Florida superintendents fear threat to capital outlay tax revenue
Florida superintendents are going on defense to protect their locally generated tax revenue that's dedicated to school maintenance, construction and other capital projects.
The district leaders, who have met the past three days in Tallahassee, are growing increasingly concerned that state lawmakers will target the tax as a source of regular revenue for charter schools. Driving their fear is a recent presentation by Rep. Erik Fresen, chairman of House Education Appropriations, in which he suggested that districts are misspending their construction funds.
Fresen pushed to divert the capital outlay tax to charter schools in 2015, but got nowhere. There's no bill in play right now proposing the same, but that's not stopping superintendents from lobbying their local delegations to try to stop any forward motion on the idea.
"We are pretty confident there will be some language somewhere," said Pasco County superintendent Kurt Browning, who sits on the state superintendents association board of directors. "If I were a betting man, I would bet it's going to happen."
Browning contended that Fresen's recent Power Point was filled with misrepresentations of school district spending, and suspected it was to lay the groundwork for justifying a shift in the money flow. He said superintendents have begun talking to lawmakers to educate them "what the truth is."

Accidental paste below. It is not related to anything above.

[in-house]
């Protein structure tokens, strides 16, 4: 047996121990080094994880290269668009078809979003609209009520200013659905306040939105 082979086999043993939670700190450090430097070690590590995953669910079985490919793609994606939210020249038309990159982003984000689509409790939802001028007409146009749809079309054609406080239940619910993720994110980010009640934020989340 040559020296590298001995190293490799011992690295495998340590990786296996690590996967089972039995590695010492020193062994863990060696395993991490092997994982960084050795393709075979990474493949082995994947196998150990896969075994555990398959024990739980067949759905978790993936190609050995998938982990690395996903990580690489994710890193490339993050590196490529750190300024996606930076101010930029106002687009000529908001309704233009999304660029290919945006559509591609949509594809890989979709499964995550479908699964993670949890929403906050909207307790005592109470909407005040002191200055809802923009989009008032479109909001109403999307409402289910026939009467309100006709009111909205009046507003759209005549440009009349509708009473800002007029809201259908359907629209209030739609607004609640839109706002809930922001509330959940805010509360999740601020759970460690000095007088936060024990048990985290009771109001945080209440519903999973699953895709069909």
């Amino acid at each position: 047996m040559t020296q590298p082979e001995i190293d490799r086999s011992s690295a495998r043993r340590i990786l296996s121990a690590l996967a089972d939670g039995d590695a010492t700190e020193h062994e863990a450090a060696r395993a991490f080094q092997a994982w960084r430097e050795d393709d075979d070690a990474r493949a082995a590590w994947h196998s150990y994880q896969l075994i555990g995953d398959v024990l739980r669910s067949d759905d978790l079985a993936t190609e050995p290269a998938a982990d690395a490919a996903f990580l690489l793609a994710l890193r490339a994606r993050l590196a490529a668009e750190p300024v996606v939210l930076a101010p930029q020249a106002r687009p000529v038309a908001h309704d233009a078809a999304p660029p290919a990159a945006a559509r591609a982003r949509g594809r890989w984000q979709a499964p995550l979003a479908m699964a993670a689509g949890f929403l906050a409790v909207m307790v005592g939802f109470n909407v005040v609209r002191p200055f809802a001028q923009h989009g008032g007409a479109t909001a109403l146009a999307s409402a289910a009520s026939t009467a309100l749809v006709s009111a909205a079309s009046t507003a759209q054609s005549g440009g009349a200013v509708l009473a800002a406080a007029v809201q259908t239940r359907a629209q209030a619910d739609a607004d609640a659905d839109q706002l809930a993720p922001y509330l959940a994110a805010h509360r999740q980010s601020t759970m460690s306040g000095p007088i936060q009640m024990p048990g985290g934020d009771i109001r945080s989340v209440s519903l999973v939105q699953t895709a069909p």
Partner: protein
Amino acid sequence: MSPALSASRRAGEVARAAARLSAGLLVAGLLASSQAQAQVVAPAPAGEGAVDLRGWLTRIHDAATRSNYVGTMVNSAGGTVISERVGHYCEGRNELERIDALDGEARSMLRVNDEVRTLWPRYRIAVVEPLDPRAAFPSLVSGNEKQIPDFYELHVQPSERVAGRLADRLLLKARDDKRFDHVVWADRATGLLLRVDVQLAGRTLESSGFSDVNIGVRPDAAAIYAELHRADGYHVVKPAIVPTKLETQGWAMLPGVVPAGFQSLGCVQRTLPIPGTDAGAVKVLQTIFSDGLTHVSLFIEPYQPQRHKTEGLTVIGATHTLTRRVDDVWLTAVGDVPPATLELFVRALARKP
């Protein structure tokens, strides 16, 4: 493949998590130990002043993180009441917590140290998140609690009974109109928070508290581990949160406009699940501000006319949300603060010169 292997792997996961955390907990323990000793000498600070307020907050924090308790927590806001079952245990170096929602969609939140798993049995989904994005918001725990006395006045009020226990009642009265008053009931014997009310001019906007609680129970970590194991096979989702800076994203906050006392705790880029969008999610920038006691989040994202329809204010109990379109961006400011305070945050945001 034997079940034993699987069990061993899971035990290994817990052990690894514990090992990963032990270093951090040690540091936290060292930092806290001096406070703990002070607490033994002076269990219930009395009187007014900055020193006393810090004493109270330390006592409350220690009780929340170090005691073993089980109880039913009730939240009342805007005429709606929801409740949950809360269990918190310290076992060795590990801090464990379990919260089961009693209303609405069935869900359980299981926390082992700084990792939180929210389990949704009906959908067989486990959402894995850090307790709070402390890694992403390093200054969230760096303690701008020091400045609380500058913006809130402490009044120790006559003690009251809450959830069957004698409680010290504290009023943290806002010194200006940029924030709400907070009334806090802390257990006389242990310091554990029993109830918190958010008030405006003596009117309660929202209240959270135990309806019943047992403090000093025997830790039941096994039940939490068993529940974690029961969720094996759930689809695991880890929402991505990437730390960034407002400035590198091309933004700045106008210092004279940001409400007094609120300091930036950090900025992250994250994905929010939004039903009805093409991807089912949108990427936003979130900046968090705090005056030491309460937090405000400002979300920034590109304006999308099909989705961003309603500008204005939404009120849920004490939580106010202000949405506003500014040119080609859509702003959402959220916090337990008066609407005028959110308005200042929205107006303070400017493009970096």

"It's all about taking part of the 1.5 mills for fixed capital outlay and diverting it to charter schools," he said. "If they're going to take part, just take it. Don't throw school districts under the bus doing it."
Officials from Pasco and other districts around Florida indicated they plan to bring detailed information to their delegations, explaining how their construction funds are spent. They also plan to explain how cutting the local revenue stream, which lawmakers reduced from 2 mills to 1.5 mills about a decade ago, would have negative financial effects on districts.
The time to file bills is about past, meaning this issue could find its way into the more complicated budgeting process if it emerges at all. Some observers have questioned whether lawmakers would try a controversial move in an election year, while others suggested the timing might be just right. Stay tuned.